The Wild Goose Festival, held each summer in the mountains of Hot Springs, NC, uses the tagline Spirit. Justice. Music. Arts., but four words can hardly describe the delight that is the Goose. It really is one of those magical events one has to live to understand.
I had no plans to attend this year; first of all, I am not much of a camper, and deciding to go at the last minute would mean “inside” type lodging would not be an option. I then read that “Glamping” was available, so I decided to give that a try. (Once and done on that front.) I have to learn to listen to the voice of the Call, however, so off I went.
The beauty of the Goose is that it is the only space I’ve ever encountered where people of every faith tradition (and none) and spiritual practice (and none), gender expression, family composition, musical taste, age, body shape, physical presentation, eating preference, spirituality, country of origin identity, and other ways we typically use to divide one another, come together and break bread together. When I say bread, I mean bread in every sense.
Whether it was the sounds of impromptu jam sessions singing praise for the day’s blessings, the sights of young people freely expressing their joy with dance, the pop of the embers exploding into the night air as we journeyed into a Celtic ancestor meditation, or inhaling the sweet exuberance of a burgeoning relationship of a dear friend, each moment was manna for the soul.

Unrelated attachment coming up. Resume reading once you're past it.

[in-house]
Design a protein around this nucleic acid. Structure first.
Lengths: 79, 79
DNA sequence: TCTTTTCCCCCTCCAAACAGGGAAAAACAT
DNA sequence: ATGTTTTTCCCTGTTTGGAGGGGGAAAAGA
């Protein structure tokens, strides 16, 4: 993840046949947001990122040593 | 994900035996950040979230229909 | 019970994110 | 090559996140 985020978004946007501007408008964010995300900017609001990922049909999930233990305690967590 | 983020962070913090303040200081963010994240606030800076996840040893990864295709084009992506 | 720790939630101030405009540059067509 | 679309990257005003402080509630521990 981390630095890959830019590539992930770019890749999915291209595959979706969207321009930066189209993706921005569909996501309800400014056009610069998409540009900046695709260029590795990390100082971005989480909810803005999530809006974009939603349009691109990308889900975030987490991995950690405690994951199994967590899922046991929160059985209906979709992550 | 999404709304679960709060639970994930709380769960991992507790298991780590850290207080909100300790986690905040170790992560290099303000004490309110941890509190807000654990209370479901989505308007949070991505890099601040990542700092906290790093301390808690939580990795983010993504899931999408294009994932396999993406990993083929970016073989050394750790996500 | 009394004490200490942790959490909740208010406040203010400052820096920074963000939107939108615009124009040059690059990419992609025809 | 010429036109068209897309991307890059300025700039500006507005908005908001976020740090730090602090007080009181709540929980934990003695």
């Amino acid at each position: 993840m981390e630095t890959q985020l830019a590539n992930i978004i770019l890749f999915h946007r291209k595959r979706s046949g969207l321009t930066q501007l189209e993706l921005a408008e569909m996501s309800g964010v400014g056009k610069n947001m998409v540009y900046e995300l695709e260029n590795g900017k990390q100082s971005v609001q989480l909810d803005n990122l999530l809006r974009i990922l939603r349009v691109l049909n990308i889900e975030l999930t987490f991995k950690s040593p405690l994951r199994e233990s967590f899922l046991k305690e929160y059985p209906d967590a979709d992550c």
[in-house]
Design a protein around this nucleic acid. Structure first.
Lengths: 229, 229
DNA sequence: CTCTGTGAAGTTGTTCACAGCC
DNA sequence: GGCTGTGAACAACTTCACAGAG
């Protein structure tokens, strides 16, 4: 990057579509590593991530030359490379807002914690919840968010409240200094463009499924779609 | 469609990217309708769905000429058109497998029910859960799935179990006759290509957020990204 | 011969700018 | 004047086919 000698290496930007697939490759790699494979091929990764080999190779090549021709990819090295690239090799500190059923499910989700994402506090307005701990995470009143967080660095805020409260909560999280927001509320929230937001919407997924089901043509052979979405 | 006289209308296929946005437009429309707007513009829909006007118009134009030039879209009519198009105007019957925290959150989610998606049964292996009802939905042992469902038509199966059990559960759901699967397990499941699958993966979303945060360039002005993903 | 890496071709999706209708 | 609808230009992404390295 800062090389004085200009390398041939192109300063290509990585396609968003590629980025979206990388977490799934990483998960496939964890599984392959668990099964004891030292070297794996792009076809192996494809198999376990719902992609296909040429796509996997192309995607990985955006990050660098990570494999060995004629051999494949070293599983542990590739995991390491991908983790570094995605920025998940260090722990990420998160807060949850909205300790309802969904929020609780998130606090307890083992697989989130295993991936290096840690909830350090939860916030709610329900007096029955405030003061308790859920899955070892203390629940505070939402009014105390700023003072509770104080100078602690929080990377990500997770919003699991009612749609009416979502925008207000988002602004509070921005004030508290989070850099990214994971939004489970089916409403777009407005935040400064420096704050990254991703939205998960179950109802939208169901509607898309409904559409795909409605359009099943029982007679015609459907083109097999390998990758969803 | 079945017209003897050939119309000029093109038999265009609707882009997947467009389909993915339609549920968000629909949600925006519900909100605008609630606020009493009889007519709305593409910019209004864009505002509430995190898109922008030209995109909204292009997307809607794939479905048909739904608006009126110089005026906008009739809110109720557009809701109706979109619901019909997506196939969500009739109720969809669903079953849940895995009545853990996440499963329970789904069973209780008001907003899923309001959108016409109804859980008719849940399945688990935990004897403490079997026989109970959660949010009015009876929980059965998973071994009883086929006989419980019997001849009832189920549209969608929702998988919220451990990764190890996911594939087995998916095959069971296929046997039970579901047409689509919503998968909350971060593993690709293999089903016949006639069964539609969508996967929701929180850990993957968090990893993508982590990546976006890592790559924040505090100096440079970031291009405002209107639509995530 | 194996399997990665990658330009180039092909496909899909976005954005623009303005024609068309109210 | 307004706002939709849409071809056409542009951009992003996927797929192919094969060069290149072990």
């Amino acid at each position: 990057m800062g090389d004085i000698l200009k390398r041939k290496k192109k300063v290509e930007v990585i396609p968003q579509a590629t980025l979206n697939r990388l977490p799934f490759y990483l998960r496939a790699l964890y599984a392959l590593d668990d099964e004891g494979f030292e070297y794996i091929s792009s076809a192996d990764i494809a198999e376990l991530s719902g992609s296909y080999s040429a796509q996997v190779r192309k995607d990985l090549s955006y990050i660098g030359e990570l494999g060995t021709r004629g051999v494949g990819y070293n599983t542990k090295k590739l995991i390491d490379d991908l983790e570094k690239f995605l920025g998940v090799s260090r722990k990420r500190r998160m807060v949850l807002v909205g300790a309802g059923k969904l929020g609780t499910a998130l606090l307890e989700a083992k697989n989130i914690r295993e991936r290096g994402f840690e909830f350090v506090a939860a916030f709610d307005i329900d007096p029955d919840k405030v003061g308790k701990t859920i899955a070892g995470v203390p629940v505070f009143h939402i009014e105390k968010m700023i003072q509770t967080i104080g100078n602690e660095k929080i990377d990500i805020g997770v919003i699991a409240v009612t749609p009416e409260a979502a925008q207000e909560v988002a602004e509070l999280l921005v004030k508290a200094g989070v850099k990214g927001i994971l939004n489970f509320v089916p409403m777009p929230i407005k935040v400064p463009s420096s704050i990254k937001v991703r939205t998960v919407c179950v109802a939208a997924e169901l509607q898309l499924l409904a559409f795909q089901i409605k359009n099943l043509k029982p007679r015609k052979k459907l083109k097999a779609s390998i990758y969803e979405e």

Let me be clear; there were hard moments as well. Listening to far too many stories of the walking wounded who have been kicked out of our churches for transgressions such as being whom the holy intended. Hugging those who have been arrested in our cities and towns for feeding those with no homes to call their own. Trying to understand why anyone would think it is acceptable to ask another “What are you?” or touch another’s hair or skin or clothing. Trying to unpack ways in which my own privilege of many types hurts others and ways in which I can help others with privilege unpack their own.
Moments of joy far outweigh those of distress. There is always more work to do. There are willing and able workers. To see friends I usually only see on Facebook. To hug those I’ve never touched before. To make new friends. To ask, “What is your story?” To ask, “What can I do to help?”